Post-election, Wynne's favourables up, Horwath’s down

| Filed under: Ontario

Christine Elliott favoured for PC leader

TORONTO JULY 3rd, 2014 - In a random sampling of public opinion taken by the Forum Poll™ among 810 Ontario voters three weeks after the provincial election, 4-in-10 now approve of the performance of Premier Wynne (41%), up from just more than a third before the election (June 9 - 36%). Her net favourable rating (approve minus disapprove) has increased dramatically from -17 to -3. In contrast, Andrea Horwath's approval has dropped from one third (34%) to about one quarter now (28%), and her net score has worsened from -13 to -19.


Among six listed contenders for the now vacant PC leadership, Christine Elliott draws the interest of one fifth in total (21%) and one quarter among PC voters (25%). Next is John Baird, with about one seventh of the vote (14%) among PC voters and one tenth in total (9%). He is followed by Lisa MacLeod, favoured by a tenth of PC supporters (11%) and a twentieth in total (6%). Few among party supporters opt for Lisa Raitt (3%), Doug Ford (6%) or Tony Clement (7%), and one sixth choose someone else (15%).

One third think Horwath should resign

In total, just more than one third of Ontario voters think Andrea Horwath should resign as leader of the NDP (35%), while just more think she should not (43%). One fifth have no opinion (21%). Among NDP supporters, however, this proportion is just one eighth (16%), and fully three quarters think she should not step down (73%).


One quarter of 2011 New Democrats voted Liberal this time

One quarter of those who voted NDP in the provincial election of 2011 voted Liberal in this election (25%), while one tenth of 2011 Liberals voted PC this time (10%). A similar proportion of Liberals voted NDP this time (9%), while one tenth of past PC voters supported the Liberals this time (10%).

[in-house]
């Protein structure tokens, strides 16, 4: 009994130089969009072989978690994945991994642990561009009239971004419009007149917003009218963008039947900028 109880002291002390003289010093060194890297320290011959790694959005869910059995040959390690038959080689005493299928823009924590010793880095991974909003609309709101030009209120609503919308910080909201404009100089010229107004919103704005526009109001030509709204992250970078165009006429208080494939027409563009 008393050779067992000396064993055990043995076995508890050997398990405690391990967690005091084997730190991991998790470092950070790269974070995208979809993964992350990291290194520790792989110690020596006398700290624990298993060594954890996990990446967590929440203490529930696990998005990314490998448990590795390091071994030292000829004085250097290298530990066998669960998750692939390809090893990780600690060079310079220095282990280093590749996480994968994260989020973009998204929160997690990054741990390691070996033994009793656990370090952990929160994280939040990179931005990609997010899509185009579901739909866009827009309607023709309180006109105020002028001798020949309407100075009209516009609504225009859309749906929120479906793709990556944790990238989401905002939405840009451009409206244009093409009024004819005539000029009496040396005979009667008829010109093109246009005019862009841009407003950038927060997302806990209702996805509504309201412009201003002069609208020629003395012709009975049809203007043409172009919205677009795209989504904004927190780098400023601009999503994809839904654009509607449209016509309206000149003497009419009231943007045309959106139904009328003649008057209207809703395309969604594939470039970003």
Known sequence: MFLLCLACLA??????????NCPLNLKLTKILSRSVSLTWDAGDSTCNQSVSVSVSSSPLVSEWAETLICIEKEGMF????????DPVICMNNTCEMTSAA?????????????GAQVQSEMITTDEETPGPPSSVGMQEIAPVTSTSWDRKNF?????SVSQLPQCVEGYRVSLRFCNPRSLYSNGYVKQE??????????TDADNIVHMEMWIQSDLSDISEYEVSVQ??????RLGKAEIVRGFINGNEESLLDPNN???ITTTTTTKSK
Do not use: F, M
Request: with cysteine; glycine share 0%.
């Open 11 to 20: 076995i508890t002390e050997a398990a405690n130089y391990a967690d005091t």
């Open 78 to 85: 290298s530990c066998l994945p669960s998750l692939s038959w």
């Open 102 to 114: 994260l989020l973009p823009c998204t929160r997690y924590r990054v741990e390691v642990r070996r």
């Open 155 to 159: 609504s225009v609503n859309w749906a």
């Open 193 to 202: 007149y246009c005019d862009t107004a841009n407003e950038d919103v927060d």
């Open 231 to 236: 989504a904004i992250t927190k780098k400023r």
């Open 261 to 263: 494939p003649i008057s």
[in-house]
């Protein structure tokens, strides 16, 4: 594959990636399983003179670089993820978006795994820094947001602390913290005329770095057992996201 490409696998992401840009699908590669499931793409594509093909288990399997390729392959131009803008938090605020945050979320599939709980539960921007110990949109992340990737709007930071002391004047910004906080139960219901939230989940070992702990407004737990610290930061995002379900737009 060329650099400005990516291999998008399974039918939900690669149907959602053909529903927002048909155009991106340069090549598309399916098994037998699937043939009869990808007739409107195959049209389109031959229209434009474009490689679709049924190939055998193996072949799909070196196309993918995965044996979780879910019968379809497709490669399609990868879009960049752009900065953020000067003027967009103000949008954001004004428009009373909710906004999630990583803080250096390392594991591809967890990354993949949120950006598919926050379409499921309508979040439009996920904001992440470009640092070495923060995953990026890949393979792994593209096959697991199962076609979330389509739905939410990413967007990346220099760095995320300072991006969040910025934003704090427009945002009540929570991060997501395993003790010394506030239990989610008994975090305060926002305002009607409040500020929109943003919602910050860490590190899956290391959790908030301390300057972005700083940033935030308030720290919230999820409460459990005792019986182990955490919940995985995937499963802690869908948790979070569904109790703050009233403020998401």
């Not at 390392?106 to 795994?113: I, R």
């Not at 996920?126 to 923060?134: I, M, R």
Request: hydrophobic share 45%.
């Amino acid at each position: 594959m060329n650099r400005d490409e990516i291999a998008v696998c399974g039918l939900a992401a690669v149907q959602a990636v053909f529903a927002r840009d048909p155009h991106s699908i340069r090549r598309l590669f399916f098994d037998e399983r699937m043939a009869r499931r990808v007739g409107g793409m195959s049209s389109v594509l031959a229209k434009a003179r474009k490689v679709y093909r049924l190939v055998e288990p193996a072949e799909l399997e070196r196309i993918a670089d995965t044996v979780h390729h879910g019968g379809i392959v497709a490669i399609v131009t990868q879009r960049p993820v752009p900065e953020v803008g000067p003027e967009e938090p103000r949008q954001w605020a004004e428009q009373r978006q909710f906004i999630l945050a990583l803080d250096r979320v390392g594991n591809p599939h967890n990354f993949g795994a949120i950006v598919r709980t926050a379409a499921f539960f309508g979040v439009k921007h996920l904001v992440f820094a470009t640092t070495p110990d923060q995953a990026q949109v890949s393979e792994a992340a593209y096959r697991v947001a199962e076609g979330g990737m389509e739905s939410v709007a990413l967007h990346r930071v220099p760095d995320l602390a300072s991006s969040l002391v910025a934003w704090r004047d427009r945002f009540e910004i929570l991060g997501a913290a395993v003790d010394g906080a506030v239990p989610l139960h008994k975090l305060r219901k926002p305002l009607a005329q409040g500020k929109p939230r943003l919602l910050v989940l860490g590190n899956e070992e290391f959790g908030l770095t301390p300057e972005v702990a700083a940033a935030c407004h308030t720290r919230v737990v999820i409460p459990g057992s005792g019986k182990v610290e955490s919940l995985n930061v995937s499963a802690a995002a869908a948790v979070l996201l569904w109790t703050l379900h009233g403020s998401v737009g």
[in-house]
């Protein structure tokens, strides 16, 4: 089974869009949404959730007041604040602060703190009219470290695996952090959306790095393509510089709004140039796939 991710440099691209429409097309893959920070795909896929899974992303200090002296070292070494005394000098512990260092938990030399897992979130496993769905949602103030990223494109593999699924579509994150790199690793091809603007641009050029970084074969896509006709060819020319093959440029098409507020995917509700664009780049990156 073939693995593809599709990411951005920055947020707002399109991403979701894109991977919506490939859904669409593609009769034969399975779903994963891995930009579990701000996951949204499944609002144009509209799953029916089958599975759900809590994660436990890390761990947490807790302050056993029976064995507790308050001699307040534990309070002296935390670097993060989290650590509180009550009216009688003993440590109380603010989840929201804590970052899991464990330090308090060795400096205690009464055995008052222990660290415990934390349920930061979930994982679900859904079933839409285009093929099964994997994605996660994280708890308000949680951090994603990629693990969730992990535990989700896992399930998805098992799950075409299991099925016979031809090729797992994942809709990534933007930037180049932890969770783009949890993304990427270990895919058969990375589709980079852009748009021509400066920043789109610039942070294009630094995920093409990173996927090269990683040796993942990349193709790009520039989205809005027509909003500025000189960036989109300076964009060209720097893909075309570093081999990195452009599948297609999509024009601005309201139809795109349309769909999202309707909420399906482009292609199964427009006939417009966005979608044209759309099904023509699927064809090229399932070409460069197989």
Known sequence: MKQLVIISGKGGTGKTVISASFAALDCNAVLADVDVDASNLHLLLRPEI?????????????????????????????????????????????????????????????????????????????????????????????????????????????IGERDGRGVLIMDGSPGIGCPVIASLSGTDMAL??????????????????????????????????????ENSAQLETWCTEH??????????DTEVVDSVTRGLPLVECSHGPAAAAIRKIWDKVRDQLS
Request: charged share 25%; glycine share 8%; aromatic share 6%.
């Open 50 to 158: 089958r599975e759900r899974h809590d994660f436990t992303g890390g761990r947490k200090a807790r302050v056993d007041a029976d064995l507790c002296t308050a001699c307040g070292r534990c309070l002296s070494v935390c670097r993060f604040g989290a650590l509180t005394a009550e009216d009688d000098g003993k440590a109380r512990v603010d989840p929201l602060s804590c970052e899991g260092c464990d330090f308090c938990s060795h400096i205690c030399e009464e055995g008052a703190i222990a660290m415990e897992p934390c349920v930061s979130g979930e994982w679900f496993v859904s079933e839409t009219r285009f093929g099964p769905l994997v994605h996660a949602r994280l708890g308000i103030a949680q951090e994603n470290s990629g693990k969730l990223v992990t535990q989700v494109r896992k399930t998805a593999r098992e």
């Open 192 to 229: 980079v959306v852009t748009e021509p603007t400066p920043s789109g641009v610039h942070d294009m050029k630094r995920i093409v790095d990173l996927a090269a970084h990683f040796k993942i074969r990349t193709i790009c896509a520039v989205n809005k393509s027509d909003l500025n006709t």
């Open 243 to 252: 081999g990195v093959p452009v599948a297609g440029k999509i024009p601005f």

Liberals voted for best leader; not so PCs/NDP

When asked what motivated them to choose the candidate they did, the plurality of voters say they voted for the party with the best economic plan (22%), followed by those who voted the best candidate in the riding (17%). After this, vote motivators include voting for the party one usually votes for or the one with the best leader (12% each), voting for the best anti-corruption plan (7%) and, last, voting the best transit plan (2%). One fifth say some other reason motivated their choice (21%), and about a twentieth have no clue (7%).

PC voters overwhelmingly voted for the best economic plan (40%) or the party with the best local candidate (18%), while Liberals voted primarily for the best leader (29%), followed by the economic plan (16%), the best local candidate (15%) or because they are the party always voted for (14%). New Democrats voted for the best local candidate (19%), the best economic plan (16%) and the customary party (17%), as well as the party best able to combat corruption (14%).

It is interesting to note that while Liberals are especially likely to say they voted for the party with the best leader (29%), PC supporters (3%) and New Democrats (4%) are unlikely to do so.

Wynne preferred for all attributes except fighting corruption

When asked to rate the leaders for the same attributes for which voters were asked their voting motivation, Kathleen Wynne is preferred for all except having a plan to combat corruption, on which attribute she narrowly cedes the lead to Tim Hudak (22% vs 19%). On all other attributes, Wynne leads, Hudak comes in second and Horwath comes in third, including inspiring the confidence she can lead the province to prosperity (37% to 21% for Hudak and 15% for Horwath), having the best economic plan (33% to 28% to 16%), having the best transit plan (33% to 17% to 14%) and having the best local candidate (29% to 28% to 18%).


Conclusion

While the issue of corruption cut into Premier Wynne's image and had a negative effect on her campaign, it was not the most important issue in the minds of voters, and they saw the Premier as better able to handle the issue which was top-of-mind, the economy. In addition, she was seen to be a stronger leader than either of the others, even among their own supporters. The combination of a strong leader combined with strong candidates and a superior economic plan proved to be the winning combination in this election.

 

I think the real loser here is Andrea Horwath, in that she entered this election with good favourables and high personal popularity, unlike Tim Hudak. While the poor perception of Hudak essentially never changed, Horwath's eroded considerably from the day she declined to support the budget, and it may prove difficult to rebuild it. Nevertheless, only a minority of the general public think she should resign, and even fewer New Democrats," said Forum Research President, Dr. Lorne Bozinoff.

Lorne Bozinoff, Ph.D. is the president and founder of Forum Research. He can be reached at lbozinoff@forumresearch.com or at (416) 960-9603.